FEB. 16, 1926-JULY 25, 2003

By Steve Daly
Updated December 26, 2003 at 05:00 AM EST

Farewell: We pay tribute to John Schlesinger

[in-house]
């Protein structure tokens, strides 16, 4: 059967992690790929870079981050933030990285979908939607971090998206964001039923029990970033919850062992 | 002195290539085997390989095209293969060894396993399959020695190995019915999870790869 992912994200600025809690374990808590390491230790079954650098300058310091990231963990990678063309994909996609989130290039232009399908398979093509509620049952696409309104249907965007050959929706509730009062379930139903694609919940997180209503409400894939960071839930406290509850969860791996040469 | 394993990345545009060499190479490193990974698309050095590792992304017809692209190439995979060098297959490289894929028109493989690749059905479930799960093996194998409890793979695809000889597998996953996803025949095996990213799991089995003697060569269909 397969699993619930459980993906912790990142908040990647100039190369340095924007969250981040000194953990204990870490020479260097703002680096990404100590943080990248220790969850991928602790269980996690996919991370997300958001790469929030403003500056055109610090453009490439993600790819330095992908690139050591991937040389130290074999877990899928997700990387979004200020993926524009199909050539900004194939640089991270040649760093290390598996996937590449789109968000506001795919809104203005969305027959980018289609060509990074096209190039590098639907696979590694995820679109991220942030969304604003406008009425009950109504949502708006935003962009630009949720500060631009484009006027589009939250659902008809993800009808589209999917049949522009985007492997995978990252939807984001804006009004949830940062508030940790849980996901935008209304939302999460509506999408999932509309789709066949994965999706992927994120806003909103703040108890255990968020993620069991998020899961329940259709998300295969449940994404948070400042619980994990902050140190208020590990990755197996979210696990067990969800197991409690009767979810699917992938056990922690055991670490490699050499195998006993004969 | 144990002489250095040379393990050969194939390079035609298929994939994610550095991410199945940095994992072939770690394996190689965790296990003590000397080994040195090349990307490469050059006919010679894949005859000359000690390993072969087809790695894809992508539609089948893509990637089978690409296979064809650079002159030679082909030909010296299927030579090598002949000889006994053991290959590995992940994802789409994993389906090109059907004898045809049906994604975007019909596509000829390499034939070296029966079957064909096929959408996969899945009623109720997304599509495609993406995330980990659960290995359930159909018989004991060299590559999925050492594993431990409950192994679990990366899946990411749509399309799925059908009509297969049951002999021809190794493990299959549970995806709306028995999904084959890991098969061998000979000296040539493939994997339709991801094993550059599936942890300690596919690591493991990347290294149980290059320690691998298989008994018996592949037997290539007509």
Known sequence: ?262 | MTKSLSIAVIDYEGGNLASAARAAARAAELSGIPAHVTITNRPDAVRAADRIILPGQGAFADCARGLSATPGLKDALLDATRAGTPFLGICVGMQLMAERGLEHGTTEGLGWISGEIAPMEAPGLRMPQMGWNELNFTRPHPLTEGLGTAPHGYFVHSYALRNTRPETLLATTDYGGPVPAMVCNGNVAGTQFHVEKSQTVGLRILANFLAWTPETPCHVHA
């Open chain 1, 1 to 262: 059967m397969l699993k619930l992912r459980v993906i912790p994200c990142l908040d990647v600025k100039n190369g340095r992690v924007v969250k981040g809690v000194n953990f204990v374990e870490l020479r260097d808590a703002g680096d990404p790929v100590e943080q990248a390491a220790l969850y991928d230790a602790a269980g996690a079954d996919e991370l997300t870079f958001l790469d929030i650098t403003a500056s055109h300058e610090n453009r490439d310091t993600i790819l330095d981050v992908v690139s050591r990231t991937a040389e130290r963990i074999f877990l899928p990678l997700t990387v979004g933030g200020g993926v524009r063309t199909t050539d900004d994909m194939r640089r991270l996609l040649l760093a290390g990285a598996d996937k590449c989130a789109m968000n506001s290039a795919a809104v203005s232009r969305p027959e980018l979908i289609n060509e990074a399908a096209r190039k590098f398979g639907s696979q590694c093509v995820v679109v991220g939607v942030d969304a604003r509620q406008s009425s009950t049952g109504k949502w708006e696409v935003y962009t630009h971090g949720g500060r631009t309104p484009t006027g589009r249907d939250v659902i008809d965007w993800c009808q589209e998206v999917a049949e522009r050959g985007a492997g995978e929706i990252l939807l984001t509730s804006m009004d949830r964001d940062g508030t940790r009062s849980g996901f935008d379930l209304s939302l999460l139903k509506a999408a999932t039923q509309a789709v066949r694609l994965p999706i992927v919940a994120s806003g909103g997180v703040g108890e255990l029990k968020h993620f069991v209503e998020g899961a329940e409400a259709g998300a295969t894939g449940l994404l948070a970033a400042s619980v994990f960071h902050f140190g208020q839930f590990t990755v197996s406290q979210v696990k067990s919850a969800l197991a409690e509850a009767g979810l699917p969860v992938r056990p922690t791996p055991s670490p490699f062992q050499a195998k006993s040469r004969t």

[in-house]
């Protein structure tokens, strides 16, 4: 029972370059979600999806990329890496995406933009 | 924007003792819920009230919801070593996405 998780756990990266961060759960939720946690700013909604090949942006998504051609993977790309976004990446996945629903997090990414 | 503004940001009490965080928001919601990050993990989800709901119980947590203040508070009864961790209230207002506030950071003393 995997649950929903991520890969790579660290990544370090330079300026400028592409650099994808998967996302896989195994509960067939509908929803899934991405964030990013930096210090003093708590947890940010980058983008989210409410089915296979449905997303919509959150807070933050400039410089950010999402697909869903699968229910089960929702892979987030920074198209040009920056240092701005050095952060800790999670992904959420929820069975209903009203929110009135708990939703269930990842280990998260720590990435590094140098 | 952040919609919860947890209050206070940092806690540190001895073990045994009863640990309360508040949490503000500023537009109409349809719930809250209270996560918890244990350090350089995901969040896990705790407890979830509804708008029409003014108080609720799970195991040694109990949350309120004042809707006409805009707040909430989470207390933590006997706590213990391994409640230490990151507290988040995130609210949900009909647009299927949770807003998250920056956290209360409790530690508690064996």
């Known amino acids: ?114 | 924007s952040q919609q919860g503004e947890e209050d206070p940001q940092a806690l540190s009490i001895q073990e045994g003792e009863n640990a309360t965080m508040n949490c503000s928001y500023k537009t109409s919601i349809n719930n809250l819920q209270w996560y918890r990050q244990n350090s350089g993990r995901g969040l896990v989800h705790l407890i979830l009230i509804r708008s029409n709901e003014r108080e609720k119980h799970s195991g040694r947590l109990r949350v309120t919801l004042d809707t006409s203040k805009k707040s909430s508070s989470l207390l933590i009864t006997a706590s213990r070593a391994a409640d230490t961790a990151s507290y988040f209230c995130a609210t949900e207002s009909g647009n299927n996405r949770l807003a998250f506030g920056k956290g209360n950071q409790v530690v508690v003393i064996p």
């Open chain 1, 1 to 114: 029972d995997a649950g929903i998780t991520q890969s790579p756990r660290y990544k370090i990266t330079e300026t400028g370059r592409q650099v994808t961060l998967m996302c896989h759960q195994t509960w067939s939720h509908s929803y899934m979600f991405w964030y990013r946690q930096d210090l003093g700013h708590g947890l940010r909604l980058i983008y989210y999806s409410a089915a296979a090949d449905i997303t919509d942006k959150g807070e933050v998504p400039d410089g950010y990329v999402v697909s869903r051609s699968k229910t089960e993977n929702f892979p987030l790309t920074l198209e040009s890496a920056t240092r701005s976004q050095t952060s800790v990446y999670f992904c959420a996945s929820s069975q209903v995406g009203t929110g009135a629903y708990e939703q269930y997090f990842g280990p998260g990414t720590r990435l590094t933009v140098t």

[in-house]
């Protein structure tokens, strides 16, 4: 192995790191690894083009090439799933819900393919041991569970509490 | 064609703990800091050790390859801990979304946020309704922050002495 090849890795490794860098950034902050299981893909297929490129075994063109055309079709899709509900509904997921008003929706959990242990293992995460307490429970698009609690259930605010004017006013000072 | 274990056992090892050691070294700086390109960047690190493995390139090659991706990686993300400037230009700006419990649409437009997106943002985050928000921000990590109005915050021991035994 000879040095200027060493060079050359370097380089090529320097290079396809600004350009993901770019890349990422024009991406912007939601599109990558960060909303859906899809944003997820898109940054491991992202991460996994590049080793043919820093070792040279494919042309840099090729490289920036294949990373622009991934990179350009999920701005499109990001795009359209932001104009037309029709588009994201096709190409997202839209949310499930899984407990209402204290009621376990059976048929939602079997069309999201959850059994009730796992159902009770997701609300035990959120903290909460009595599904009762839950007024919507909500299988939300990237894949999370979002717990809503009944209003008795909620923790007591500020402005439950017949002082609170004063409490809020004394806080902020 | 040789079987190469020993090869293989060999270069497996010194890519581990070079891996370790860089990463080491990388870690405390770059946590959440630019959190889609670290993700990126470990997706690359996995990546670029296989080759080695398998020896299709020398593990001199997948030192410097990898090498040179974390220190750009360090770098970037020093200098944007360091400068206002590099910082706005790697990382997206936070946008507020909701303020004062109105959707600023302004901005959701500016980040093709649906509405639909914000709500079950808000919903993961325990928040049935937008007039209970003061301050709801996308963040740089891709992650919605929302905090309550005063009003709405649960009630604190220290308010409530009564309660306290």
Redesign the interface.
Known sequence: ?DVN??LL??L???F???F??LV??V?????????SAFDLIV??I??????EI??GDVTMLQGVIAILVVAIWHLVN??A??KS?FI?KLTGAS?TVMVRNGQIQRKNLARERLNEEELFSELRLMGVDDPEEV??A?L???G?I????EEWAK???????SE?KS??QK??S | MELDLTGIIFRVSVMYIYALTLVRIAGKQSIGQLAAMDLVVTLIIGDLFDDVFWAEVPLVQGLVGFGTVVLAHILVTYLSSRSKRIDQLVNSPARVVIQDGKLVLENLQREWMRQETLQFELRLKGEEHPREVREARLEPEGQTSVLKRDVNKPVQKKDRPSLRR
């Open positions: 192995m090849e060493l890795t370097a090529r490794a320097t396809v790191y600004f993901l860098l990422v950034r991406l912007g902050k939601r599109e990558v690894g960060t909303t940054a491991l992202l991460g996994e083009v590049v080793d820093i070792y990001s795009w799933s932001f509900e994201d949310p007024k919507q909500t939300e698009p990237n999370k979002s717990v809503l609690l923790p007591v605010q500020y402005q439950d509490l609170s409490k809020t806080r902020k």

He illumined all manner of lost souls, directing such estimable British flicks as A Kind of Loving and Darling in the early to mid-’60s. Then Schlesinger jumped to Hollywood just as the MPAA launched its ratings system, which meant lots of formerly taboo material was fair game. Though Midnight Cowboy looks tame now, he brought a radical seediness to the 1969 tale of a would-be hustler adrift in then-sleazy Times Square. The film became the only X-rated feature to win a Best Picture Oscar, also earning a statuette for Schlesinger. ”American success is wonderful,” the director told EW in 1995, ”because it’s so tangible.” He kept up his daring, edgy style in subsequent films including Sunday, Bloody Sunday (which featured a landmark man-to-man kiss) and Marathon Man (that brutal dental-torture scene). Anyone who has seen the latter can’t help flinching at the words Is it safe? In his best movies, Schlesinger made sure it wasn’t. (Schlesinger died of stroke complications in Palm Springs, CA.)